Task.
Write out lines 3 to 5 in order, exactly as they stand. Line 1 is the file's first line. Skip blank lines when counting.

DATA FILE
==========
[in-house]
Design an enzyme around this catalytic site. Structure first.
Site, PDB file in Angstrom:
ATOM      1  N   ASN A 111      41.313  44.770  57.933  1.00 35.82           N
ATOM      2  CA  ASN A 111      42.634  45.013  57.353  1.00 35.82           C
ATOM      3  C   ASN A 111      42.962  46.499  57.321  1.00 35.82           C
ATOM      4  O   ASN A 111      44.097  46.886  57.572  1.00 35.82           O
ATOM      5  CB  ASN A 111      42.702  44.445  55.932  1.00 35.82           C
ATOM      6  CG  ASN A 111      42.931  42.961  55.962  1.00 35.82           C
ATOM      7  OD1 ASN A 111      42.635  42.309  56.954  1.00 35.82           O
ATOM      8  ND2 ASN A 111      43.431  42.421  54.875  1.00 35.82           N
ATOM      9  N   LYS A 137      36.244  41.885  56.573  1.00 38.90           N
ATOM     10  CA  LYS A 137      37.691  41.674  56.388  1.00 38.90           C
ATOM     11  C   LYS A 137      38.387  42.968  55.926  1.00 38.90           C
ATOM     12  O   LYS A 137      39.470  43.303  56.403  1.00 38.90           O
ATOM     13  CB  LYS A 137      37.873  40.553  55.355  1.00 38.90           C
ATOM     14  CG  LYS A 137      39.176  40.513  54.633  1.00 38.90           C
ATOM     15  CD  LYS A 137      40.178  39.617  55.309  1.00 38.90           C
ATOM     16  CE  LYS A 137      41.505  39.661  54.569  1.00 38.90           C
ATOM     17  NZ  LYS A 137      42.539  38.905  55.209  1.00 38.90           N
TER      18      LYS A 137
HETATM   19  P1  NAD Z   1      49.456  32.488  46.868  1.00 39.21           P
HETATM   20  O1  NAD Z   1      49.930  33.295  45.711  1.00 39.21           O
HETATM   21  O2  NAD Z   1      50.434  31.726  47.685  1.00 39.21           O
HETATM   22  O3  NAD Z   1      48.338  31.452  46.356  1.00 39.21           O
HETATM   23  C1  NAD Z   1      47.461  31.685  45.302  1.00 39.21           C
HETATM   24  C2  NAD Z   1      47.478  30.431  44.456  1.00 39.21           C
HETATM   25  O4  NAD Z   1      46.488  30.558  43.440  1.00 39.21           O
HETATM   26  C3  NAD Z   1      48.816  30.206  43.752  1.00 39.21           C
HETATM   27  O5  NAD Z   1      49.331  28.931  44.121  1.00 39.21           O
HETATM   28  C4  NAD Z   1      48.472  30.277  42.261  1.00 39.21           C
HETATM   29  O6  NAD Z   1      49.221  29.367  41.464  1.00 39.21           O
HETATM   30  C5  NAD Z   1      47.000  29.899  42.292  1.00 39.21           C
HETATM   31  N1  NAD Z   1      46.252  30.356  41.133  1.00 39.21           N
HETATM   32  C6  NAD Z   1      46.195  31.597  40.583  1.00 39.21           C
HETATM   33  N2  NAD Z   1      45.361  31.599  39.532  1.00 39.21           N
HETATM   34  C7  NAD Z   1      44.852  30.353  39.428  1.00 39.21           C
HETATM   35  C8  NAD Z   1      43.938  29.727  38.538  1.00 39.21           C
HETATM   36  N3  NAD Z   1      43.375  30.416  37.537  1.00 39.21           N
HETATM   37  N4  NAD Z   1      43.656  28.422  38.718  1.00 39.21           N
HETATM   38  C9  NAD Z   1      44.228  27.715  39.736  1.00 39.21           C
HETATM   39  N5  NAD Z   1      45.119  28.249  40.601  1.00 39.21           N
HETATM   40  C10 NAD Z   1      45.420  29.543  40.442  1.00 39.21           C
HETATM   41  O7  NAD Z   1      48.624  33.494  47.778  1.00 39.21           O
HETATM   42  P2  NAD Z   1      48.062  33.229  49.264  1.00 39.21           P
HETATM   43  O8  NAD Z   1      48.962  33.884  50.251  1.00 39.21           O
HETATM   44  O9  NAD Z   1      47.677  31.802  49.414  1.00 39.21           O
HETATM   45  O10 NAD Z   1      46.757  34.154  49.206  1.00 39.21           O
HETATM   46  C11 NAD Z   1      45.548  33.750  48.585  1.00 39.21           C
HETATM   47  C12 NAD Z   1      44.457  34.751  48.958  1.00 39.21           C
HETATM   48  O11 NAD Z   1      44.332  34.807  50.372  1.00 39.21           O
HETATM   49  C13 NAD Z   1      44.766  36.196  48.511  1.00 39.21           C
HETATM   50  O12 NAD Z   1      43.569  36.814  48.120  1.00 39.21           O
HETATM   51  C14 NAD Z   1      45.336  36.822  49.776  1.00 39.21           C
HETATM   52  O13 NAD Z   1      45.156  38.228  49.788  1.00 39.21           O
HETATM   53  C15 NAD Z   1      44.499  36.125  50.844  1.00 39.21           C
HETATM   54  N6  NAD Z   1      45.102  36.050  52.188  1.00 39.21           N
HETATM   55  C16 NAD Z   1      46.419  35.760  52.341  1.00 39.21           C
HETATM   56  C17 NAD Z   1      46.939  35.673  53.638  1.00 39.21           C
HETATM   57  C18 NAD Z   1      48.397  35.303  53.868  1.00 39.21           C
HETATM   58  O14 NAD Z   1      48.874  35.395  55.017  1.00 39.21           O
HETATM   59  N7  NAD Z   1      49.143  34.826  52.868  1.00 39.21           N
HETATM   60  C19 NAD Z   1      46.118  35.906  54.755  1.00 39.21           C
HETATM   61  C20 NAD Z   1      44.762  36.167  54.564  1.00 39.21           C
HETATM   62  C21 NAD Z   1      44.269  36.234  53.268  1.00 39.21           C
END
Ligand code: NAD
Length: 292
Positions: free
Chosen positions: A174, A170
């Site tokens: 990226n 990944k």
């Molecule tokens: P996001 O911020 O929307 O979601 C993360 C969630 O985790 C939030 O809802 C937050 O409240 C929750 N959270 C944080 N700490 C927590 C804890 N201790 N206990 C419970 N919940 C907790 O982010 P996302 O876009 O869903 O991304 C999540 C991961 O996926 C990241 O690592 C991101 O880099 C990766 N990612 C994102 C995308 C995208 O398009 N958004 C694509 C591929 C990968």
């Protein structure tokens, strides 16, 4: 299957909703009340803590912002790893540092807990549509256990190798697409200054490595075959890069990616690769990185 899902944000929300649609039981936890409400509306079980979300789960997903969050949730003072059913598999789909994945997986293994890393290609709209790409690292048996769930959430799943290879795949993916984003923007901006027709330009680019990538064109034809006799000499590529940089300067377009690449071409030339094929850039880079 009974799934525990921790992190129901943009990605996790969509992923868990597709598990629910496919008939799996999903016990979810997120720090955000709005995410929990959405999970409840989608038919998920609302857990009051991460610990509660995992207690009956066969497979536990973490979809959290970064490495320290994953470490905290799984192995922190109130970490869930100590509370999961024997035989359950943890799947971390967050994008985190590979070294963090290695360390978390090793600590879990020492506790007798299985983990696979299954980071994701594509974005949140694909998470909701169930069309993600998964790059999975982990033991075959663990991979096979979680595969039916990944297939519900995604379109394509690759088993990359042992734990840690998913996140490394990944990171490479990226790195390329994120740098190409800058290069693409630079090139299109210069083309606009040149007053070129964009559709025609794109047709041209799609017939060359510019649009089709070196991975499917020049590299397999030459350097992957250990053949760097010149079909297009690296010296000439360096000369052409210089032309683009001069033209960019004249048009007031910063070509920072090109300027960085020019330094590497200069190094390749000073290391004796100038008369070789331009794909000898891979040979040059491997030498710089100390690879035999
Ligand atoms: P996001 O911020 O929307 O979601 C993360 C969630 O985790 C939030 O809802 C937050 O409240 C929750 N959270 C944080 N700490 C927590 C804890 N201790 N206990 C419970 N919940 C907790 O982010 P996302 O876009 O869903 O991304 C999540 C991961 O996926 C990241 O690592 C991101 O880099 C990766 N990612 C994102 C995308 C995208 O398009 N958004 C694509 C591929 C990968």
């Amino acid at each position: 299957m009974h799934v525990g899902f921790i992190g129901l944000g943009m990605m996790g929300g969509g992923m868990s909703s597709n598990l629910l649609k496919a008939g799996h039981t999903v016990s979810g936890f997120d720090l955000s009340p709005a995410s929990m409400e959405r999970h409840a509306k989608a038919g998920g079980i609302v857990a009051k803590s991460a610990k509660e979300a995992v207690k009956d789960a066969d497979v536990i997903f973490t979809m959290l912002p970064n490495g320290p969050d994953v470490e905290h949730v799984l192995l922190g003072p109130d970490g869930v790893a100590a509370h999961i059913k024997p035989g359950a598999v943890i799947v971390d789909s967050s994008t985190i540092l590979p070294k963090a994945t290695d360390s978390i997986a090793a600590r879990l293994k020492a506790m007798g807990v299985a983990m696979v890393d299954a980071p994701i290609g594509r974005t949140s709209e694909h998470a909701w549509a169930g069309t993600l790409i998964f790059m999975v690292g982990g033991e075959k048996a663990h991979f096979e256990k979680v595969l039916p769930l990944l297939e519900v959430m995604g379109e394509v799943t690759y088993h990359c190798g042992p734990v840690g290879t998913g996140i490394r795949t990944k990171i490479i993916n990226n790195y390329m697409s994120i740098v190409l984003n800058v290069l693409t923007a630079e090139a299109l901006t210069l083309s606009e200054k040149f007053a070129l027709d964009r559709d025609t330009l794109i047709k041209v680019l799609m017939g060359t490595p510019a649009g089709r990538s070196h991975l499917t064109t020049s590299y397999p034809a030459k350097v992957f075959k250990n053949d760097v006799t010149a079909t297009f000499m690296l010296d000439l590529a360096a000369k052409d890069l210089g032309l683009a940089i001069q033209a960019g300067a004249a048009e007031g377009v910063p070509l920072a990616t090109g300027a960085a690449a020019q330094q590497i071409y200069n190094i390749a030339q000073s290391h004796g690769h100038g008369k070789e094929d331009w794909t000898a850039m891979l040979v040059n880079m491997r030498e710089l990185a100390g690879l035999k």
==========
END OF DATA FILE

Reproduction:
Site, PDB file in Angstrom:
ATOM      1  N   ASN A 111      41.313  44.770  57.933  1.00 35.82           N
ATOM      2  CA  ASN A 111      42.634  45.013  57.353  1.00 35.82           C